Daniel M. Nosenchuck

Daniel M. Nosenchuck
Associate Professor
Ph. D., California Institute of Technology, 1982
D302B Engineering Quadrangle

Research Area(s)

Fluid Mechanics

Short Bio

The underlying theme of Professor Nosenchuck's work revolves around the control of complex fluid flows. To achieve this, he is currently engaged in several areas of research. These include the experimental study and active control of turbulent boundary-layers, the development of a new three-dimensional dynamic flow-visualization technique using laser-sheet scanning, and the design and construction of a very-high-speed computer for use in complex flow simulations and control applications. Recently, he developed a new technique to introduce controlled electromagnetic body forces into weakly conducting fluids, such as seawater and hypersonic boundary layers with aero-thermal heating, for the purpose of significantly reducing turbulent effects.

Principal Research Interests

  • Drag reduction and flow control using active and passive means, including electromagnetic body forces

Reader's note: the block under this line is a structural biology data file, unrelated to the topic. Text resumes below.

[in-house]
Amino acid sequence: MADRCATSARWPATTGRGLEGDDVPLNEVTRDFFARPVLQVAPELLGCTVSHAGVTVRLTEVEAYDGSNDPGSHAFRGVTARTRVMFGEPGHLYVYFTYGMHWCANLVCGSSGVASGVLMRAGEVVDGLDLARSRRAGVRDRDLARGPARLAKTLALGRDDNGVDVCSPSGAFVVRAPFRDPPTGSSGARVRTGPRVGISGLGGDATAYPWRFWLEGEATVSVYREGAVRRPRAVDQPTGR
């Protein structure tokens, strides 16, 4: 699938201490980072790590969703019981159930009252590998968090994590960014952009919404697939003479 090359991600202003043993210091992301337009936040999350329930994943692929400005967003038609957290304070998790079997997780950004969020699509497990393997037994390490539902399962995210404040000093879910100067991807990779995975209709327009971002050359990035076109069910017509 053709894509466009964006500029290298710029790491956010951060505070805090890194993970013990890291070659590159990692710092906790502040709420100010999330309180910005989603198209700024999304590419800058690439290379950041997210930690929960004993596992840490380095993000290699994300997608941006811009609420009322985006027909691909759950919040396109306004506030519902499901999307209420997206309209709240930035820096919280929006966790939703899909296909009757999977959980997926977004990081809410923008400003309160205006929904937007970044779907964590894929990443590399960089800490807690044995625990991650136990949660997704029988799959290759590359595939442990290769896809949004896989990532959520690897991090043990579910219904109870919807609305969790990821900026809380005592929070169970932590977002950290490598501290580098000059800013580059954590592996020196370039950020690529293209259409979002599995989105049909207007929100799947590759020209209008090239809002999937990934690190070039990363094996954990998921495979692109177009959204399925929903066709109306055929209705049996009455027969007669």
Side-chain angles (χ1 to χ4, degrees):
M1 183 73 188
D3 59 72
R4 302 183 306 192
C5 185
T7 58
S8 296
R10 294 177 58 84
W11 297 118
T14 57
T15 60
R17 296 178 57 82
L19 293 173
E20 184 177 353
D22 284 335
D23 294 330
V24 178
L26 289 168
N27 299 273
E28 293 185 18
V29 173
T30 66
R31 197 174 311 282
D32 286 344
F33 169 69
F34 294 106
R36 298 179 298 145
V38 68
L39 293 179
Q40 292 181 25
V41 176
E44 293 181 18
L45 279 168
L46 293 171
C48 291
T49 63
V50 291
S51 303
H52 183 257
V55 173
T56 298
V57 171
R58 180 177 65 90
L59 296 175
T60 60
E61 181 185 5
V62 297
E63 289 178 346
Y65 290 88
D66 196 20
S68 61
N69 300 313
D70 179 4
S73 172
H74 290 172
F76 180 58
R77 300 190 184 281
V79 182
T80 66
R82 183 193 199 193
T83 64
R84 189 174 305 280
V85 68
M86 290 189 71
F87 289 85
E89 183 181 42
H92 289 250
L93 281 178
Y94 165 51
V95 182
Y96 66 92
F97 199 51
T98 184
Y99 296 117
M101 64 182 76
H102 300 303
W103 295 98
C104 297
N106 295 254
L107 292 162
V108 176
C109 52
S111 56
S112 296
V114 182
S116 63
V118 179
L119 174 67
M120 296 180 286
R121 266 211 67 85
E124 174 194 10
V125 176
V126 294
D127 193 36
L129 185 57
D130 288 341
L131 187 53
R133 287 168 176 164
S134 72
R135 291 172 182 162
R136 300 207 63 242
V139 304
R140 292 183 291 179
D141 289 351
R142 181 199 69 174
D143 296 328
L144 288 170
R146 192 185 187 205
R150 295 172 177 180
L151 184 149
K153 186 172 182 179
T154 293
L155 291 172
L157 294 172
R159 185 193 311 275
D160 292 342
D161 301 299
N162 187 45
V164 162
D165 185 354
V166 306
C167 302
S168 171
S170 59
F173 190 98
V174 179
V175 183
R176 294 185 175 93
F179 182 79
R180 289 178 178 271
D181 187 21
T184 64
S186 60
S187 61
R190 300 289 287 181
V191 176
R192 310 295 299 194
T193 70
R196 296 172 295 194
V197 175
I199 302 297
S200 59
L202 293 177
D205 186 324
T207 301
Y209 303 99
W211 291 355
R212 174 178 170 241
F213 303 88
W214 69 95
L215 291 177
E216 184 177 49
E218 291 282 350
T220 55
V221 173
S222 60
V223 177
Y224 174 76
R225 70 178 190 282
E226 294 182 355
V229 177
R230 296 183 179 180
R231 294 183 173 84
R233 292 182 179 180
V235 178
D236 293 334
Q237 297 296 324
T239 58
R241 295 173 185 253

• supercomputer architecture rapid design and manufacture

Selected Publications

  • "Direct Turbulent Boundary Layer Control on an Axisymmetric Body Using the Lorentz Force", Submitted to the 4th AIAA Shear Flow Control Conference, Snowmass, CO, 1997.

  • (with G.L. Brown), "Direct Boundary Layer Control Using the Lorentz Force," Invited Paper (Extended Abstract Submitted) XIXth International Congress of Theoretical and Applied Mechanics, Kyoto, Japan, 1996.

  • (with G.L. Brown), "Spatial and Temporal Characteristics of Boundary Layers Controlled with the Lorentz Force," Proceedings of the Twelth Australasian Fluid Mechanics Conference, Vol. 1, pp. 93-96, Sydney, NSW, Australia, December 10-15, 1995.

  • (with H. Culver and G. Brown), "Volumetric Boundary Layer Characteristics of EMTC," Bulletin of the American Physical Society, Vol. 40, No. 12, Abstract FC1, November 1995.

  • (with T.I. Eng), "Laminar Boundary-Layer Response to Electromagnetic Forcing," Bulletin of the American Physical Society, Vol. 39, No. 9, Abstract GF4, November 1994.